|Neal with the Dallas Stars in 2010|
| 6 ft 3 in (1.91 m)|
205 lb (93 kg)
| NHL Team|
| Pittsburgh Penguins|
|Born|| September 3 1987,|
City of Oshawa, ON, CAN
|NHL Draft|| 33rd overall, 2005|
|Pro Career||2007 – present|
James Neal (born September 3, 1987) is a Canadian professional ice hockey left winger currently playing for the Pittsburgh Penguins of the National Hockey League (NHL). While playing junior with the Plymouth Whalers of the Ontario Hockey League (OHL), he was selected 33rd overall by the Dallas Stars in the 2005 NHL Entry Draft. After a season with the Stars' American Hockey League (AHL) affiliate, the Iowa Stars, he played his NHL rookie years with Dallas in 2008–09. During his third NHL season, he was traded to the Penguins.
Neal grew up playing minor hockey for the Whitby Wildcats of the Ontario Minor Hockey Association (OMHA)'s Eastern AAA League. Among his minor hockey coaches was NHL broadcaster Bob McKenzie. After his midget season, he was selected by the Plymouth Whalers in the third round, 80th overall, of the 2003 Ontario Hockey League (OHL) Priority Selection. Before joining the major junior ranks, he was assigned to the Bowmanville Eagles, a Junior A club of the Ontario Hockey Association (OHA), for the 2003-04 season.
Following his rookie season in the OHL, he was selected in the second round, 33rd overall, of the 2005 NHL Entry Draft by the Dallas Stars. Competing in his first NHL training camp, the Stars returned him to junior, where he recorded 21 goals and 58 points with Plymouth in 2005–06. Although Neal was returned again to junior following the Stars' 2006 training camp, he was signed by the club to a three-year, entry-level contract in late-October 2006. He recorded a junior career-hgih 27 goals and 65 points over 45 games in 2006–07. During the season, he was chosen to represent the Western Conference in the 2007 OHL All-Star Game and scored a goal. He also helped Plymouth win the OHL title and led all tournament scorers with five goals in the Memorial Cup, held in Vancouver.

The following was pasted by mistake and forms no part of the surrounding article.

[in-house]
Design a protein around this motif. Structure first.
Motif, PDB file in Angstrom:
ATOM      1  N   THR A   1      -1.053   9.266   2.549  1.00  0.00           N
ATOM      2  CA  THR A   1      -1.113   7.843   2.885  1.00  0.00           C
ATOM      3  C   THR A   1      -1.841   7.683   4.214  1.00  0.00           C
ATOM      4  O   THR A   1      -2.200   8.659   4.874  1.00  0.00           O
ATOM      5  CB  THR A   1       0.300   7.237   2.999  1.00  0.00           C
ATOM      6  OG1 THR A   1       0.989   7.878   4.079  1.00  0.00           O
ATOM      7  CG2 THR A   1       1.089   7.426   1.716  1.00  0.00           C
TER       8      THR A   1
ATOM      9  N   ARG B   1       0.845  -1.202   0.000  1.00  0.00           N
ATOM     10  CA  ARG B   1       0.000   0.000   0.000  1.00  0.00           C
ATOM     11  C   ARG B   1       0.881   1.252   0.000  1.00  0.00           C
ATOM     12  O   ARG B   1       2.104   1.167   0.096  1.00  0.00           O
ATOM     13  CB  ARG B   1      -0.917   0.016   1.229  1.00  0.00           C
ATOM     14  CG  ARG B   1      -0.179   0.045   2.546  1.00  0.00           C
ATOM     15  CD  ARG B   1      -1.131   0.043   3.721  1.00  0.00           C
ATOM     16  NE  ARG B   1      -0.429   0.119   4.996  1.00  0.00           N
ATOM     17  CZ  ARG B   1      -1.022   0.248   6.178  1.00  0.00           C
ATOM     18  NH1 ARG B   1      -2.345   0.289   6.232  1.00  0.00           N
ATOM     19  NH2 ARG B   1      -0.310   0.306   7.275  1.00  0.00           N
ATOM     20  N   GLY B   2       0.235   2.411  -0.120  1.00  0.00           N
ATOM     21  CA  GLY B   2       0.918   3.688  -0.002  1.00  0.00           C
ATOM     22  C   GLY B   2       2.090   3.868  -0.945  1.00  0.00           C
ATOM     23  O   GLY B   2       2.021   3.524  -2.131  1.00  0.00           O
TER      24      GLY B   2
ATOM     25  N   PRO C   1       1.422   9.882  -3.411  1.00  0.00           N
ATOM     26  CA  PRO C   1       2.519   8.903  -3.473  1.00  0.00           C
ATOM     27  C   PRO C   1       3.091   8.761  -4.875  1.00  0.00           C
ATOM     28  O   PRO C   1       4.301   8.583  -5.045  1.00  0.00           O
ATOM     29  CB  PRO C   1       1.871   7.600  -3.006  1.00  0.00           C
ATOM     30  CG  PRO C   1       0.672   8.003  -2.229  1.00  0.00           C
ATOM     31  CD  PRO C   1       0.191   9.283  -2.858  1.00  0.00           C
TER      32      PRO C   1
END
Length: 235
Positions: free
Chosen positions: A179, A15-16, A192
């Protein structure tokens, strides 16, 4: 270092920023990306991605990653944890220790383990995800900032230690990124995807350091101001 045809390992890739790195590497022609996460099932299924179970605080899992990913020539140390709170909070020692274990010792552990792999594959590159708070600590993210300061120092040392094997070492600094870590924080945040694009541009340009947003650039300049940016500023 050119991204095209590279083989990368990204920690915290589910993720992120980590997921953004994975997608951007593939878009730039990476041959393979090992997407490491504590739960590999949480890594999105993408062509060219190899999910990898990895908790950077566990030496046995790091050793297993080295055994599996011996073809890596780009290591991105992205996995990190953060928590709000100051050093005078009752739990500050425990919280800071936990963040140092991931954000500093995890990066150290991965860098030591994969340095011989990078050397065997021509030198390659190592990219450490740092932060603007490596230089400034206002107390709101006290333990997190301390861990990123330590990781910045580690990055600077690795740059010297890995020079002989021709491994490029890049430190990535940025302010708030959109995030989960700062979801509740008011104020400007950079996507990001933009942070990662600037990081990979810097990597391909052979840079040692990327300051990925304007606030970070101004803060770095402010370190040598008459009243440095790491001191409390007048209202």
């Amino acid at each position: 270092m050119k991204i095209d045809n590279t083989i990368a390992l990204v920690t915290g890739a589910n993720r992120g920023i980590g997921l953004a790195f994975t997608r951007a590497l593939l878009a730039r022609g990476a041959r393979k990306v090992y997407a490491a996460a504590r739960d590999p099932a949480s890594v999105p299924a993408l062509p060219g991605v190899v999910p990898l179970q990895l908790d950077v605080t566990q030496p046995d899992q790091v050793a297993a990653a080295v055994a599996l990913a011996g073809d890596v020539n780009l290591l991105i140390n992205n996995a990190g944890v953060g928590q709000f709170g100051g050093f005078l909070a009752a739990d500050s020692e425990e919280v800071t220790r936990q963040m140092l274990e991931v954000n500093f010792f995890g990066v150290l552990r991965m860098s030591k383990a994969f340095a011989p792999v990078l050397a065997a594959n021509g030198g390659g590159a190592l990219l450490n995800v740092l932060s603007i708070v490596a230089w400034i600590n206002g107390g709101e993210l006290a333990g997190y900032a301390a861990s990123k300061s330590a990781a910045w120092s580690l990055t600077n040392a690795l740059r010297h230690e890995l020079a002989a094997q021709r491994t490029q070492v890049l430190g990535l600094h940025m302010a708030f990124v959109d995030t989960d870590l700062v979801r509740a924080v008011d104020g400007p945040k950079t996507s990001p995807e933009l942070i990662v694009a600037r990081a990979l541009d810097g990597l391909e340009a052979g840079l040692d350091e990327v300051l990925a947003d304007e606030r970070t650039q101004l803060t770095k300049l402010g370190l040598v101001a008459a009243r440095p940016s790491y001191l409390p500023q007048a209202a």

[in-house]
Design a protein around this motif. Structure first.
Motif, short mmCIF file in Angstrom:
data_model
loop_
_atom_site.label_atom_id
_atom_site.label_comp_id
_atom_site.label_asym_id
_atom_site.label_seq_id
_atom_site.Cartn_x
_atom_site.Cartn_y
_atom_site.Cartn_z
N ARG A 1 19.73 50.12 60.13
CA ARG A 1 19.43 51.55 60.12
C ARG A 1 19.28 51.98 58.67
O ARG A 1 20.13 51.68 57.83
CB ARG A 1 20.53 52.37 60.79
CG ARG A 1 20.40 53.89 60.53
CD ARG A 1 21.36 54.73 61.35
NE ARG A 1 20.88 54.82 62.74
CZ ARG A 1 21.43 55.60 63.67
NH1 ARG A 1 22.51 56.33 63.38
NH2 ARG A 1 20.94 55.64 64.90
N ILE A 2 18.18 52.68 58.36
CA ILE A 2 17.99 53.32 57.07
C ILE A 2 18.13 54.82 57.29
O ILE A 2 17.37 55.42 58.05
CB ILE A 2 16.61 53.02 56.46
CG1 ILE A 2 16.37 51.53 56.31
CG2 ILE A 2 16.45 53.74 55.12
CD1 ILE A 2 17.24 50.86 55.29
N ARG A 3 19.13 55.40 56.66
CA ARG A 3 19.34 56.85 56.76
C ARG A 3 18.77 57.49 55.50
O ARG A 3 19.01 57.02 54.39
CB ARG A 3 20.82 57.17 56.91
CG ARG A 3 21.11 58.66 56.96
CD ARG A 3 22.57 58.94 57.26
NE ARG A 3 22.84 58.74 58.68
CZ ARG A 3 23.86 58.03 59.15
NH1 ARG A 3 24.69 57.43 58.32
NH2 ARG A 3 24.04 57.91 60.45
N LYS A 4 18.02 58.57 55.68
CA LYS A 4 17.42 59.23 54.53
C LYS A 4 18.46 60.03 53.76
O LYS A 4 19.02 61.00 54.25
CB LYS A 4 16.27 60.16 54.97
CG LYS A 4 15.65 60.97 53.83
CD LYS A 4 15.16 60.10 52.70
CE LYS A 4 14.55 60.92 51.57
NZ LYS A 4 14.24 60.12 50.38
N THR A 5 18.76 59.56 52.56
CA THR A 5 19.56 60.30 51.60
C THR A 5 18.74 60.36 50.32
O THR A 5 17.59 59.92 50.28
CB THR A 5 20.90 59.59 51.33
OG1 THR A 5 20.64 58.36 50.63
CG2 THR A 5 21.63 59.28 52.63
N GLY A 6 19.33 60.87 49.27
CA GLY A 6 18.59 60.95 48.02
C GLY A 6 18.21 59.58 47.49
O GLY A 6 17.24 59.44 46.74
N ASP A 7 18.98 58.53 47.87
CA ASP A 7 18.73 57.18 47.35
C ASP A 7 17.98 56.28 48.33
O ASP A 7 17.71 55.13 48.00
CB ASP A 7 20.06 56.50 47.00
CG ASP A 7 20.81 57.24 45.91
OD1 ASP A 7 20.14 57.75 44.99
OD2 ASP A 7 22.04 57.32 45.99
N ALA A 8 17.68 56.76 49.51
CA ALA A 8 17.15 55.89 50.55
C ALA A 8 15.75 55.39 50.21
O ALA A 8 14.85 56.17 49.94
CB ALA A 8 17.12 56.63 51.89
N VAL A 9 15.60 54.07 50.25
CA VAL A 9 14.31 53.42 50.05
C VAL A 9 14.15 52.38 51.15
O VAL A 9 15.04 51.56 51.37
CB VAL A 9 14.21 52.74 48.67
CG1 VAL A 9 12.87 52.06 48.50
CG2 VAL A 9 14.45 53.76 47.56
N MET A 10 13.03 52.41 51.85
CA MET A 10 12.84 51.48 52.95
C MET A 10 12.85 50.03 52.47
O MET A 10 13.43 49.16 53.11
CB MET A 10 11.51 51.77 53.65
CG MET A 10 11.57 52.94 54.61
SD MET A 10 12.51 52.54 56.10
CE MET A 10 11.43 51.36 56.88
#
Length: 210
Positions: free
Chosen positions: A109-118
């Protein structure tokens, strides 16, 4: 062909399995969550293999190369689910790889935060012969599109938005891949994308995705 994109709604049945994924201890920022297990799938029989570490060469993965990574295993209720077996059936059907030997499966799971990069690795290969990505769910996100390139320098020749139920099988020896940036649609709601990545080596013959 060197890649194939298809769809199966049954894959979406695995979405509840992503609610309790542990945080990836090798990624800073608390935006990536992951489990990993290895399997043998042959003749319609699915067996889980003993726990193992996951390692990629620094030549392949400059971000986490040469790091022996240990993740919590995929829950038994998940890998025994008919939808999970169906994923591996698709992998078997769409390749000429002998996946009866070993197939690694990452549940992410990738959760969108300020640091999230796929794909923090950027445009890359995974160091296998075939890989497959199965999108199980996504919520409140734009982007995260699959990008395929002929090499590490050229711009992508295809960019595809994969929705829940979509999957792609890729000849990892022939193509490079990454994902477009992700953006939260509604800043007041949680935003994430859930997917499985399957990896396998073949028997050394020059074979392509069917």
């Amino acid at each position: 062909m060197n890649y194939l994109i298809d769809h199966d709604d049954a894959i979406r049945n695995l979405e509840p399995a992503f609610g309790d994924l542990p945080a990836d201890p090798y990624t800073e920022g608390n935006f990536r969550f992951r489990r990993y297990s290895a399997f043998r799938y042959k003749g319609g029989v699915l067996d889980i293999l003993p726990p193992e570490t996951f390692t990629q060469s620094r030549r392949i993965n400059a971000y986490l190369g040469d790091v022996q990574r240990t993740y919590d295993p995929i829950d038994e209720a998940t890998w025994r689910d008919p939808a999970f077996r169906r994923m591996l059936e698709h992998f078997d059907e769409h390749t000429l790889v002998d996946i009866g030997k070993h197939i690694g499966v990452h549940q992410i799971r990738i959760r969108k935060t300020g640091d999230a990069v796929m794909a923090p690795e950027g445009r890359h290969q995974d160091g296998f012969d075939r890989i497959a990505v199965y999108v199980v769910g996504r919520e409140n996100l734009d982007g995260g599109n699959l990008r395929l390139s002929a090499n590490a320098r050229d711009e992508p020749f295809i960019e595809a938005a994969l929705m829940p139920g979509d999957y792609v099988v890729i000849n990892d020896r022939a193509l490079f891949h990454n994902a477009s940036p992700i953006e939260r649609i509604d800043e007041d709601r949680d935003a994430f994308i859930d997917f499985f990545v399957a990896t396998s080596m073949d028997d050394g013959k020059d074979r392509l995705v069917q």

In 2007–08, Neal played with Dallas' minor league affiliate, the Iowa Stars. Neal scored his first career NHL goal in his first NHL game on October 10, 2008 in Dallas against Pascal Leclaire of the Columbus Blue Jackets. His first multi-point NHL game came on November 26, 2008, with a two-goal effort against the Minnesota Wild. Famously, Neal's first NHL fight proved to be a memorable and quick victory. On December 18, 2008, Neal was challenged to a fight by Columbus Blue Jackets' forward Derick Brassard, after Neal checked his opponent Fedor Tyutin hard into the corner of the Columbus zone in the first period. Neal obliged, and produced a gash near Brassard's left eye with a powerful right punch. Brassard quickly called the fight off, where it was later disclosed that he had dislocated his right shoulder and subsequently ended his season. Five days later, he scored his first NHL hat trick during a game against the Toronto Maple Leafs on December 23, 2008, in an 8-2 win. His early season performance led to a nomination to the YoungStars roster for the 57th National Hockey League All-Star Game in Montreal. He also broke the Stars' team record for goals scored by a rookie (not including the franchise's years as the Minnesota North Stars), surpassing Jussi Jokinen's record of 17 goals set in 2005–06, in a 10-2 rout of the New York Rangers on February 6, 2009. He completed the campaign with 24 goals and 37 points.